Given that my fridge is overflowing, methinks I’ll have to lay off the new recipes for at least a few days. Instead, I thought I might make a list of my top five must-have kitchen gadgets. The roundup is applicable to omnis as well as veg*ns, but it’s probably doubly helpful to those of us who have to make some of our own vegetarian and vegan foods, including (cue collective sigh) the elusive perfect vegan cheese.
Of course, this excludes the obvious appliances such as the fridge/freezer, oven/cooktop/range combo, microwave, blender and toaster oven. These things are more or less a given for a given for all but the biggest of city dwellers. And even then…I can’t imagine anyone in NYC going without at least a small fridge.
1. Bread Machine
Maybe it’s the Italian in me, but I’m a carb fiend – especially when it comes to bread and pasta. Since I live way out in the sticks – and the only bakery in town closed weeks before we moved here – store-bought fresh bread is a near impossibility for us. Unless we want to drive an hour and a half, round trip, every time we have a hankering for cinnamon oatmeal or sundried tomato loaves…which clearly we don’t. Plus, the store selection would never whet my appetite for new and unusual flavors of the yummy floury stuff.
Luckily, bread machines make it relatively simple to enjoy fresh-baked bread without leaving the house. The Sunbeam bread machine pictured above is a hand-me-down from my mother. Or at least I think it is; we’ve had it for so long that it’s hard to remember. Despite its old age, it shows no signs of giving out. Occasionally we’ve had to replace to bread pan, but that’s a relatively inexpensive accessory.
In the past, I’ve posted a recipe for Dutch sugar loaf bread, which is a personal bread machine fave (it’s almost pastry-like, especially if you time the addition of the sugar cubes just right, so that they congeal in the loaf’s center, making a sticky sweet mess); as soon as all those zucchinis and apples are gone (and I can move away from the oven-baked breads), I’ll blog some of my other specialties, including one bread recipe featuring tomato paste and sundried tomatoes, and another that uses Kalamata olives.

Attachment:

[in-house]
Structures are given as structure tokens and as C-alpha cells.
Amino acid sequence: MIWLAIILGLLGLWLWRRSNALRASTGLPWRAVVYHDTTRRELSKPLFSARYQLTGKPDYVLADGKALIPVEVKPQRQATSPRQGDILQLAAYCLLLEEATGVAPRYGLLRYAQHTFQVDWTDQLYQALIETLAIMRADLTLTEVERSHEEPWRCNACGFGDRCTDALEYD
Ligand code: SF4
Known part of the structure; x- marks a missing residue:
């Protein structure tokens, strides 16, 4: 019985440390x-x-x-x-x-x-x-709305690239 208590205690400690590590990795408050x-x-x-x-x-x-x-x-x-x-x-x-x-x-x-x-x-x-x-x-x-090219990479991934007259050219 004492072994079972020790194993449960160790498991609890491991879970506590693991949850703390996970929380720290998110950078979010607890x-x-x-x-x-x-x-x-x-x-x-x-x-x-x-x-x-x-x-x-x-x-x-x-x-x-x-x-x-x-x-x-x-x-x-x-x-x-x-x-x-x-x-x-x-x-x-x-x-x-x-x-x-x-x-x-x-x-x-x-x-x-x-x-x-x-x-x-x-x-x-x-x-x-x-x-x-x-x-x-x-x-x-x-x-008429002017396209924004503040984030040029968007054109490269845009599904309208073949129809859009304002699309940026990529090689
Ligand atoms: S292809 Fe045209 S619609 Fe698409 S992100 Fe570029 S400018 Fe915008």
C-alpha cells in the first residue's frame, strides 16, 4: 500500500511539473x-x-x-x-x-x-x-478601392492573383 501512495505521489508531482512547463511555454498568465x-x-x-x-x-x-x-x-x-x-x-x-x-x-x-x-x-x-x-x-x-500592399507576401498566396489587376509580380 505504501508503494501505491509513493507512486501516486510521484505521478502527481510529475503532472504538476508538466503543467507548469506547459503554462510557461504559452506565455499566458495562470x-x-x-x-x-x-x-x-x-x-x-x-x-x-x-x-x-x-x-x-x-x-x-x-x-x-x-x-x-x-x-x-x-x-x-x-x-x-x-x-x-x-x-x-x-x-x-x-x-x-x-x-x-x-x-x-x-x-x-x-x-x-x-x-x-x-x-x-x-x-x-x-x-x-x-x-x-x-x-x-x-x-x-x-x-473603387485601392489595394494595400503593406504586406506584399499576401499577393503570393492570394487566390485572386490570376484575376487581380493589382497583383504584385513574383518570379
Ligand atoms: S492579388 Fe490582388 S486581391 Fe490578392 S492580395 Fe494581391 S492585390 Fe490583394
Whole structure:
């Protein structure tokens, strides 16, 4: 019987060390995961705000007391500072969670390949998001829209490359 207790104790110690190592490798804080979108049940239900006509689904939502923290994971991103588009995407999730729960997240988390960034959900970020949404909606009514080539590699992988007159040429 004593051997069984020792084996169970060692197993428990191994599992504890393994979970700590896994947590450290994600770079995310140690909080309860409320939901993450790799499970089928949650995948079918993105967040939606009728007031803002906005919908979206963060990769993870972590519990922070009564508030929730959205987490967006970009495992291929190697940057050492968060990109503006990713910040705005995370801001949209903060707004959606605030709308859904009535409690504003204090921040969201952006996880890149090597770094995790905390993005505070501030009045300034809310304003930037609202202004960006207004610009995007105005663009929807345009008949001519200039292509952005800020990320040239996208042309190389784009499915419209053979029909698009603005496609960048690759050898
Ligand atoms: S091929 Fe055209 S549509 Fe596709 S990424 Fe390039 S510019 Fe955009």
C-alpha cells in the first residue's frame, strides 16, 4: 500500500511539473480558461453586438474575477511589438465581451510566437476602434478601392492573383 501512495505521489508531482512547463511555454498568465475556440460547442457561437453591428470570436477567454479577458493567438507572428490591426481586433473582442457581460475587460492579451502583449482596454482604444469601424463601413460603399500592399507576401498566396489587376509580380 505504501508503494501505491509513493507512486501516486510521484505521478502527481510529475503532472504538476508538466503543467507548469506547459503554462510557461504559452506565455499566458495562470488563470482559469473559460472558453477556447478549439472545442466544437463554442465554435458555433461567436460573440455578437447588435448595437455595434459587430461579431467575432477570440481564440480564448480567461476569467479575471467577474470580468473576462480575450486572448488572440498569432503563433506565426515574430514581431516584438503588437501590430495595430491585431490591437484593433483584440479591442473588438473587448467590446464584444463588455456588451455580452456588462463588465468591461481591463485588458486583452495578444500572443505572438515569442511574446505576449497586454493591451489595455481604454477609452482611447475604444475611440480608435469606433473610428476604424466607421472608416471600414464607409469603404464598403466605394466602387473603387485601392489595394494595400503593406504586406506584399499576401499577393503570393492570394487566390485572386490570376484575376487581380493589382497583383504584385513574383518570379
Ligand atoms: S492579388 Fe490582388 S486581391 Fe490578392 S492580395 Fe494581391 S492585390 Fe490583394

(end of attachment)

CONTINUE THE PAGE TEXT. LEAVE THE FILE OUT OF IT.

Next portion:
The beauty of the bread machine, of course, isn’t just the endless supply of fresh breads; rather, it’s the freedom to experiment with different tastes, ingredients and textures. The variety found in a bakery can never rival the variety found in your own imagination!
Plus, bread machines are way easier to use than you’d think. Shane and I are largely lazy cooks and culinary dum-dums, yet even we’ve mastered the bread machine.
2. Food Processor
The obvious benefit of food processors is that they make processing food, um, easier: they’re useful for chopping, grating, dicing, etc.
However, they’re also an essential appliance in a number of veg*n recipes. This is especially true of faux cheese recipes, such as those found in The Uncheese Cookbook. Like most veg*ns, we’re still searching for that perfect faux cheese recipe; if our cookbook survey is any indication, it will most likely come out of a food processor.
(Recommendations always welcome!)
Sure, you could pay $5 for a fancy bottled smoothie at Wild Oats…but why waste all that money and plastic when you can just make your own juice at home? A juicer is especially useful if you have a veggie garden or fruit trees – and lots of extra produce to consume before it spoils.
Our Pansonic Juicer is mainly Shane’s domain (it was a birthday present a few years back); it can get pretty messy, and I don’t always have the patience for it. The juice is really tasty, even though he sticks to basic recipes for apple and pear juice. If you’re a little more daring, you might want to try out Potassium Broth, Spicy Tomato Juice or Melonade. I even hear you can use your trusty juicer to whip up some “happy juice” for the adults. Just make sure your alcohol is veg*n, too!